July 25, 2012

The Inveitability of the Arab Spring

The uprisings in the Arab world did not take me by surprise. I am not implying that I knew, with any precision, when these uprisings would erupt but I am merely referring to the fact that I have been predicting such an upheaval for decades. This does not make me a seer but it does make me a member of the group of people in the world who would rather base their views about the future on an analysis of facts about the forces that exist in societies at a particular point in time. Whenever I was asked about while was not surprised that an Arab uprising has taken place my simple answer has always been; the real surprise would be if no uprising has taken place since the societal structure of the Arab world was and still is ripe for a radical change.

Let us review some of these facts:

(1)All Arab regimes can be looked upon essentially as continuations of colonialism. With very few exceptions the systems in power in each country was installed by the colonial powers and in a few examples some minor revolutionary changes took place, revolutionary changes based often on the promising idea of Pan Arabism, a concept that is dead for all intensive purposes. It is with this in mind that the Arab Spring may be viewed as the beginning of the post colonial era as Professor Hamid Dabashi argues in his latest book.

(2) Political pluralism was (and still is in many places) practically nonexistent in the Arab world. Political parties are either banned outright or if not banned then the formation of one required all sorts of permits and governmental approvals that made the process Kafkaesque.

(3)Constitutions or whatever passed for constitutions were not documents about the aspirations of the citizens since these citizens ever played a major role either in their formulations or in their adoption.

(4)Conditions for a free press, arguably one of the most important institutions in a vibrant dynamic democracy were made very difficult. Most Arab countries; 17 out of 19 according to one count; required special permits for the establishment of a newspaper. In many cases the number of permits was fixed, as in Lebanon, while in others no free press was allowed. A permit inhibits the behaviour of the recipient under the best of circumstances.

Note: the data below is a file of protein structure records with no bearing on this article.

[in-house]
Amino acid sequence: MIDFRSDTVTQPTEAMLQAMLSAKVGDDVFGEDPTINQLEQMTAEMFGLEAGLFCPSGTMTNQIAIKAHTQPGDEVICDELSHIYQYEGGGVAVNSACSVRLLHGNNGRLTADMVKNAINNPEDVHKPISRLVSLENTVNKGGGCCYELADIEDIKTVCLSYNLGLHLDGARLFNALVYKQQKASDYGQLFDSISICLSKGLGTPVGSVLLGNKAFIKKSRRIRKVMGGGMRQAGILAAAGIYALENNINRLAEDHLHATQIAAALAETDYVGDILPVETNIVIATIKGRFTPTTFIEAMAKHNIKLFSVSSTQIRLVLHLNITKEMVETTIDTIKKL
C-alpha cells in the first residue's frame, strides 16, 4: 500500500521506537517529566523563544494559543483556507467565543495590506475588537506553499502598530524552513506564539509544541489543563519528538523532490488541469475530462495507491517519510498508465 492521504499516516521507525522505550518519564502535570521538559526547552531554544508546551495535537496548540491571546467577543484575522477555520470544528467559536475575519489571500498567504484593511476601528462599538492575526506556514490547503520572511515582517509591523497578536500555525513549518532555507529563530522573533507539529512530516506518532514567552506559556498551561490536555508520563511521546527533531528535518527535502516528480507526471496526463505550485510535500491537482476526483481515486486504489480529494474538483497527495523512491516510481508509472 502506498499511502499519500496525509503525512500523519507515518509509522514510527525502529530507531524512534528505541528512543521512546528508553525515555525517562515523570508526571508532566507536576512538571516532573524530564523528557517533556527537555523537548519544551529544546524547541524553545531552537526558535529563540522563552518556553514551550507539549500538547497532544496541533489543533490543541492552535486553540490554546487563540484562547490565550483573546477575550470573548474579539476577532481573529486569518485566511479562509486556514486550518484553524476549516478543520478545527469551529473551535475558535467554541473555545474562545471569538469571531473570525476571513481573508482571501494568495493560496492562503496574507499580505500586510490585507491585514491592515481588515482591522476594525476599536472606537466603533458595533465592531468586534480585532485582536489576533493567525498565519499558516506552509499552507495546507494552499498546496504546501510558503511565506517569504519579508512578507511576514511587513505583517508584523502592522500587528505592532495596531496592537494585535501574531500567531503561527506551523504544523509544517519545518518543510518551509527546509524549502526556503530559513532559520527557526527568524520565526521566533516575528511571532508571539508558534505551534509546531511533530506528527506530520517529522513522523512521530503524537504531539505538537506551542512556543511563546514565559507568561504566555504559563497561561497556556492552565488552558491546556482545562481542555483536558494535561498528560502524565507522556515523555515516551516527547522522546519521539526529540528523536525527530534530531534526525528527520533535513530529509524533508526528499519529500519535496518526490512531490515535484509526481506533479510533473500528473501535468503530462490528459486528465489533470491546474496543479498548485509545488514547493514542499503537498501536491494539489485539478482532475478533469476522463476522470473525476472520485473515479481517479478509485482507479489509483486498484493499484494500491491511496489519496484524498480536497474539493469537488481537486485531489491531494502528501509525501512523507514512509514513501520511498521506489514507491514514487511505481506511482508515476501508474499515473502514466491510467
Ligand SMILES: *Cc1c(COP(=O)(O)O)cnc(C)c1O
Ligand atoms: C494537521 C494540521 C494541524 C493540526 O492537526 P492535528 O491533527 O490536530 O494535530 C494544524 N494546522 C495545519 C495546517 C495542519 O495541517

(5)Political succession was either mandated as in the Kingdoms and the GCC emirates or became quasi dynastic as in Tunis, Yemen, Egypt, Libya, Iraq and Syria. Even the Lebanese had no problem in amending the constitution to accommodate desire by Presidents to stay in power unconstitutionally.

(6) Many ruled by giving themselves emergency powers (Syria, Egypt, Algeria and Sudan to name a few) that have been in effect for decades. The justification was usually the false claim or blackmail if you will that it is either the regime or disintegration and chaos without it. This appears to be, at the moment, the favourite explanation by the Syrian regime supporters about the need to put down the uprising so brutally.

(7) State security was given almost free hand to apprehend torture and spread fear among peaceful citizens who might wish to object and dissent. Civil liberty was an alien concept in most countries.

(8) Economic performance among the non oil exporting countries was close to dismal. Unemployment was high, economic growth was low, wealth distribution was inequitable, food insecurity was rampant, educational opportunities very limited

(9) Modern technology has made it difficult to keep the abuse, the inequities and the underperformance hidden. The world did shrink as a result of inexpensive transportation but essentially as a result of telecommunication revolutions that allowed individuals to make telephone calls overseas, communicate with friends and relatives in more prosperous parts of the world and the ability to learn that other people in other countries do not have to put up with the daily abuse to their personhood. They have had enough.

As all of you now the above brief list could be expanded into many other areas as corruption and cult of personality. But I trust that the above is enough to make it clear that no people will willingly choose to live under these unjust, unfair and abusive conditions. It was only a matter of time before people would rise and demand their freedom: an inalienable right. That is how history unfolds. All people are destined to be free and all dictators, authoritarian regimes and tyrannical rulers will ultimately fall. This you can count on it is a law as valid as that of gravity. The entire Arab world will ultimately be free.   

July 20, 2012

Is The Arab Destined To Watch The World Go By?

Judged by practically every single ranking in the world Arab countries in general do not rank very high;